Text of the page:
Why Does D Chiro Inositol Work for Some Women & Not Others?

From Tara:

“Why Does DCI Work for Some Women & Not Others?”

Whilst the science behind how DCI works is compelling and provides us with great insight into the mechanism of insulin resistance and PCOS, it is not a magic bullet. Every human being is unique in their physiology thus no two people will ever suffer from the same disease in exactly the same way. On top of physiological idiosyncrasies we have the influence that our lifestyle choices make on our health.

A study by Dr Nestler, published in 2008 in Metabolism Clinical and Experimental 57 (2008) 1390–1397 postulates that there may be multiple defects in DCI-phosphoglycan metabolism resulting in the same thing – Insulin Resistance.  Although this study was cut short due to a sudden unavailability of the study drug – DCI, it found that in this particular cohort of women, when they were supplemented with 3000 mg of DCI per day it did not have the expected (and previously found in other studies) result of increasing the release of DCI-IPG the active form within the body tissues. They hypothesize that if one is deficient in DCI then supplementation will address that and resolve the insulin resistance, however if one is not deficient in DCI, but has a defect in DCI-IPG metabolism then mere supplementation will not address the underlying problem.

With insulin resistance (IR) and polycystic ovarian syndrome as well as other related issues such as Syndrome X, Metabolic Syndrome, Type II Diabetes Mellitus etc, the effects of exercise are particularly important. When we exercise we increase our cellular receptivity to insulin, allowing us to utilise the carbohydrates from our food with much lower insulin levels. This is of vital importance in managing IR. The other very important tool in managing IR is to keep both the glycaemic load (total amount of carbohydrates you consume) and the glycaemic index of foods (how quickly the carbohydrates in the food are absorbed into your blood stream) low. Everybody is different and the amount of carbohydrates that you can safely consume will differ depending upon how much exercise you do, your weight, the degree to which you are insulin resistant and many other factors, however as a basic guideline it would be safe to say that eating in excess of 150 grams of carbohydrate per day will not be beneficial. Some women with PCOS restrict this amount down as low as 20 grams per day, though for many this will be too extreme. Others if they are very very fit and lead a very active lifestyle can consume as much as 250 grams – but these will all be from very low GI sources such as vegetables, fruits and whole grains.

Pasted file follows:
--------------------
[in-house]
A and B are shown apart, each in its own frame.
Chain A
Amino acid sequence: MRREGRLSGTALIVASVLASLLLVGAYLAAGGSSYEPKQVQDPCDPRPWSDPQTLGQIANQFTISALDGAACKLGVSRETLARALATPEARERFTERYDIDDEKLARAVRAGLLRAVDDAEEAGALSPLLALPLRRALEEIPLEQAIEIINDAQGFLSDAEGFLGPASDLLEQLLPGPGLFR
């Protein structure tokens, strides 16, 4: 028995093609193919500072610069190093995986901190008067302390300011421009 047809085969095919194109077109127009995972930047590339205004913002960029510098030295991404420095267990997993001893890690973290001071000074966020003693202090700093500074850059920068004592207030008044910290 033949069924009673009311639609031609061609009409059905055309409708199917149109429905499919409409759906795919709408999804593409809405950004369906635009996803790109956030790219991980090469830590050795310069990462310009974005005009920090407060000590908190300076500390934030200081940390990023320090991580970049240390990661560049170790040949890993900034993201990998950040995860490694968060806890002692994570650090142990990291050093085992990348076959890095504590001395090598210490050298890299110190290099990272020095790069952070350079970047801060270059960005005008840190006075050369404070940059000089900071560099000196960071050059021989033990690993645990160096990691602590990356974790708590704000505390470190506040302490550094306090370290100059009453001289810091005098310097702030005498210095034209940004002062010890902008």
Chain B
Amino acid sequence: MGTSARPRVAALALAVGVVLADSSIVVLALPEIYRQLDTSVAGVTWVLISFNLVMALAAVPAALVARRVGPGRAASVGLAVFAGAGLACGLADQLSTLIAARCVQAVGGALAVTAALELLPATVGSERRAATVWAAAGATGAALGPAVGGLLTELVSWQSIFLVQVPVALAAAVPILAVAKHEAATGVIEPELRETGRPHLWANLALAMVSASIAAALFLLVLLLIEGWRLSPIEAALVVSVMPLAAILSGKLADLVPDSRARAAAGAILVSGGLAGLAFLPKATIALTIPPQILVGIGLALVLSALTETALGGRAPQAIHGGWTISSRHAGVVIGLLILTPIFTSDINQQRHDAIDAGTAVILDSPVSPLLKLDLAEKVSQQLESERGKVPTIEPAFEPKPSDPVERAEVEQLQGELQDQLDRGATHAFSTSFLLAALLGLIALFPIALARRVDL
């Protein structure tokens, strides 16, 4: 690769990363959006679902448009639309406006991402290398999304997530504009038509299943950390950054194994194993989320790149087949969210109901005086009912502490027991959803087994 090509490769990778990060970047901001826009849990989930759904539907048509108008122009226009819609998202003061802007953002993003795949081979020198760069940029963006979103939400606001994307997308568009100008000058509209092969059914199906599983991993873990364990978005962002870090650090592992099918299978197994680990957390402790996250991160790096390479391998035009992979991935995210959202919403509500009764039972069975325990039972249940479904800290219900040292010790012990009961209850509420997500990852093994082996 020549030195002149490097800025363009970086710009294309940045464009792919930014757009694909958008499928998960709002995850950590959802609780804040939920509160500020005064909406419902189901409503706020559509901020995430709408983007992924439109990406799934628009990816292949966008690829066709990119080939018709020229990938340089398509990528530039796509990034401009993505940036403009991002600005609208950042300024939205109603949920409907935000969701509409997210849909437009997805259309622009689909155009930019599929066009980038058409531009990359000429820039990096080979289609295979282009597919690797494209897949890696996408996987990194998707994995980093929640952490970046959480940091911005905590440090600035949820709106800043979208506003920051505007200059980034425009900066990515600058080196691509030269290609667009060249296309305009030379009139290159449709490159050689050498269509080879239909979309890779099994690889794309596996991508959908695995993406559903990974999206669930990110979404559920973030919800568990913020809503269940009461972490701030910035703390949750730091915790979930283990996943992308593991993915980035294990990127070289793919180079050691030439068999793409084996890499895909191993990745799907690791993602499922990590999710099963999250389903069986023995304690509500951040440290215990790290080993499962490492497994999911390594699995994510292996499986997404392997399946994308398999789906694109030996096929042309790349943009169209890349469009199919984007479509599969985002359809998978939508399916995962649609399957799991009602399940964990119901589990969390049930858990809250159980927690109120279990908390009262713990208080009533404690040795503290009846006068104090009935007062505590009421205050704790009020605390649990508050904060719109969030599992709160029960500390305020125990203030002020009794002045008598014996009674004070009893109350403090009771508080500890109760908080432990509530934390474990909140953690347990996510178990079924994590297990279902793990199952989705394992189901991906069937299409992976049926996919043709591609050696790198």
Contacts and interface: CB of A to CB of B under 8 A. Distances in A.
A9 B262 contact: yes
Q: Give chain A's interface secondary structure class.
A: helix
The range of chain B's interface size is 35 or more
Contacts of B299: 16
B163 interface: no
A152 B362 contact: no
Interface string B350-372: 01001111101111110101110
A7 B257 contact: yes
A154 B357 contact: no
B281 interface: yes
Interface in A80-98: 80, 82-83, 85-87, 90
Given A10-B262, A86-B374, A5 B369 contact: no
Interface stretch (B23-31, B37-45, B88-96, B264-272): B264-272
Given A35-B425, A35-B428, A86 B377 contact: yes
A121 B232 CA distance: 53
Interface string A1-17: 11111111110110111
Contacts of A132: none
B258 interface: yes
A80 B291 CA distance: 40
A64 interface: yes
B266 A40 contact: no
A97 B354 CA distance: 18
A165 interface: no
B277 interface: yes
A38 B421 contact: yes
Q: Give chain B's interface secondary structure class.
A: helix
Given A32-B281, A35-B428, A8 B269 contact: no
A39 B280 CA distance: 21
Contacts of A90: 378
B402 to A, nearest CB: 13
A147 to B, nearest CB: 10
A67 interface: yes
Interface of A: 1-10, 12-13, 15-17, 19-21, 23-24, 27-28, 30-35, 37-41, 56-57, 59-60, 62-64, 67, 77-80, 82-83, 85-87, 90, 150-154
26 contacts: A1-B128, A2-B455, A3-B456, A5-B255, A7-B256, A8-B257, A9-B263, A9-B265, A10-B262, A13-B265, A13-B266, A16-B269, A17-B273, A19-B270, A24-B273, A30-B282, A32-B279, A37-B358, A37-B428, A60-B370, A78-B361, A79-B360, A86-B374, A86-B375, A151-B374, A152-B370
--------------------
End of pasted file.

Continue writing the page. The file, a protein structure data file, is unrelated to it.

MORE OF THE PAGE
A general rule for everybody whether they have insulin resistance or not is to eat as much fresh, unprocessed food as possible – fresh, live foods that look exactly the same as when they were picked. The less processed food we eat, the healthier we will be, and this goes for every single person on earth. As an added bonus, the less processing and packaging that has gone into our food, the lower the carbon footprint will be and the less impact it will have on the earth.

The research done to date on both DCI and PCOS indicates that if you:
*Limit your carbohydrate intake
*Increase your fibre intake
*Regularly engage in exercise
*Drink plenty of water
*Take an appropriate amount of DCI
*Ensure that your Vitamin D levels are adequate

Then you will have the best chance of improving your health and fertility.

I hope this information has been of use to you.  Best of luck!

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3 Responses to Why Does D Chiro Inositol Work for Some Women & Not Others?

  1. shida says:

    How do you determine how much DCI one should take?? Thanks

    • My PCOS Info says:

      Hi Shida,

      The effective dose of d-chiro inositol does vary somewhat between individual women, but clinical results indicate that a starting dose of 20 milligrams of DCI per kilogram of bodyweight is appropriate for most.

      For a woman who weighs 132 lb or 60 kilograms, this would therefore be 1200 mg of DCI per day. As many women with PCOS are also overweight, I’ll give a few more examples: 90 kilograms or 198 lb would mean a dose of 1800 mg per day. 120 kg or 264 lb would mean a dose of 2400 mg per day.

      Some women are able to taper the dose down to 10mg per kg after a few months when their symptoms subside, others find that they need to increase the dose before they see significant improvement in their symptoms. I have personally taken as much as 70 mg per kg and I did see better results at that level, but I decided to go back down to just over 20mg/kg because of the cost.

      But, as a general rule 20 mg per kg is a good starting point.

      If you have any more questions about DCI or PCOS, please let me know.

      Kind regards,

      Anne

    • My PCOS Info says:

      Hi Shida,

      Everyone is different, so it’s partly trial and error, but clinical results indicate that a dose 20 mg per kilogram of bodyweight is a good place to start. Some women need as little as 10 mg per kg, others have written to me to let me know that they get great results at 60-70 mg per kg, but not at levels less than that. I personally found that around 30-60 mg per kg worked best for me, but that I can manage on 20 mg per kg.

      I hope this helps. If you have any more questions, please let me know. I’m here to help.

      Kind regards,

      Anne

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